Iraq: April 17, 2003



Italy intends to send several thousand troops to Iraq to help keep order and assist with medical and humanitarian aid. The contingent will number between 2,500 and 3,000 troops from the army and navy, but not be assigned a combat role.

The 2d Mobile Brigade includes Army, Air Force, and Navy personnel, Engineer Corps specialists, special mine clearing and biological threat units, doctors, nurses, engineers, and technicians: 1,500 military personnel (300-400 of them carabinieri from the Tuscania Parachute Regiment) and 1,000 or so civilians. The 2nd Mobile Brigade musters two regiments from Laives (province of Bolzano) and Gorizia, as well as GIS [Special Intervention Group] commandos.

The Italians consider Baghdad's size the real problem: a metropolis with a population of 6 million and a diameter of 50 kilometers. They plan to reperimeter the city, identify the nerve centers where the main administrative departments and a number of ministries have to be made secure, then set up checkpoints. These S-shaped constructions are designed counter the suicide bomber threat. The Italians are also somewhat suspicious of the local police, figuring that "almost all of them are former Mukhabarat agents, the regime's secret service." - Adam Geibel

Small scale fighting and looting continues, particularly in cities like Baghdad and Mosul, that contain large numbers of Saddam supporters. These cities have gangs that have been seen engaging in arson (deliberately burning down prominent buildings) as well as looting.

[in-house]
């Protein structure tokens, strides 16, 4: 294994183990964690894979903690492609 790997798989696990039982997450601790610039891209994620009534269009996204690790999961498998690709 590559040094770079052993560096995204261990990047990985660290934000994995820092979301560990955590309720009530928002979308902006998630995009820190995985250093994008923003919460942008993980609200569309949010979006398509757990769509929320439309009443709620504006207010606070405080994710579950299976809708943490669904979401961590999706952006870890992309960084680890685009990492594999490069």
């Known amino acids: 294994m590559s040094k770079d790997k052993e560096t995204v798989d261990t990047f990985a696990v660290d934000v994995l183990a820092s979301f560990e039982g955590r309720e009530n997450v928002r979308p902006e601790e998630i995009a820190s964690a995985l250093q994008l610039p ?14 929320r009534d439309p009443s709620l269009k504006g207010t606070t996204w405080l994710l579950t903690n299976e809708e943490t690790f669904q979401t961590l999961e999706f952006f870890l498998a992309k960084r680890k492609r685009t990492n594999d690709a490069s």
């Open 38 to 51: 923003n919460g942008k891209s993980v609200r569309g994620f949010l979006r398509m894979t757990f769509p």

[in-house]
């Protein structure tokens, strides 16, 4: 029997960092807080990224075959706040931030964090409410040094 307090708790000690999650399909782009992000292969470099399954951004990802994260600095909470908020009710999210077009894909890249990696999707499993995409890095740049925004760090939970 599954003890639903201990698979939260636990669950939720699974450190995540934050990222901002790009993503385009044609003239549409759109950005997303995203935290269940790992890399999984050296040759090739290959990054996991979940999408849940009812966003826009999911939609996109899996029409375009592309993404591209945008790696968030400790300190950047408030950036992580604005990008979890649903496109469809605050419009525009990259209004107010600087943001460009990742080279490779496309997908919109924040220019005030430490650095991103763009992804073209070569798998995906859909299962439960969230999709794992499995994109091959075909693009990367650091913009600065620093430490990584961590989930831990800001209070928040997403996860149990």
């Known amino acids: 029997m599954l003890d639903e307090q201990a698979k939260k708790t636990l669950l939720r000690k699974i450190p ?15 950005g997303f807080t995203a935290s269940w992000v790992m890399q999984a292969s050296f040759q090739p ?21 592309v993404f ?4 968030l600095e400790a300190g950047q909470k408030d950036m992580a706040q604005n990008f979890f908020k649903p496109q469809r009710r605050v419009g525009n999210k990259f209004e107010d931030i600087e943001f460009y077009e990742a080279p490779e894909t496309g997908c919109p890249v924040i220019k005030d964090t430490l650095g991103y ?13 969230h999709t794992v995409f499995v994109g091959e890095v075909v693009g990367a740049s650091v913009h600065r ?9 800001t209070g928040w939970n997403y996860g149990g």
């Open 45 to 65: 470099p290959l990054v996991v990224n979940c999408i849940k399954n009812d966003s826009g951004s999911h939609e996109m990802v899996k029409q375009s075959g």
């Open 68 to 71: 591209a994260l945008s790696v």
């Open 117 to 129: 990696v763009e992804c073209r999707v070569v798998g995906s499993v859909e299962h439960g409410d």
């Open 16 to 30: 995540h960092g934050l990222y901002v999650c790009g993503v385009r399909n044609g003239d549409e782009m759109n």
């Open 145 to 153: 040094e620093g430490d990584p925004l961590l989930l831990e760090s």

Former Iraqi soldiers tell stories of massive desertions from army units, and American Special Forces negotiations with local tribal and religious leaders to convince the skeletal military units to formally surrender, or completely disband. The bombing campaign concentrated on buildings, bunkers and weapons, not troops. This encouraged the soldiers to desert, often followed, or preceded, by their officers.


The US 4th Mechanized Division has moved into Iraq and parts of it saw its first  combat with some skirmishes outside Baghdad. 




Help Keep Us From Drying Up

We need your help! Our subscription base has slowly been dwindling.

Each month we count on your contribute. You can support us in the following ways:

  1. Make sure you spread the word about us. Two ways to do that are to like us on Facebook and follow us on Twitter.
  2. Subscribe to our daily newsletter. We’ll send the news to your email box, and you don’t have to come to the site unless you want to read columns or see photos.
  3. You can contribute to the health of StrategyPage.
Subscribe   contribute   Close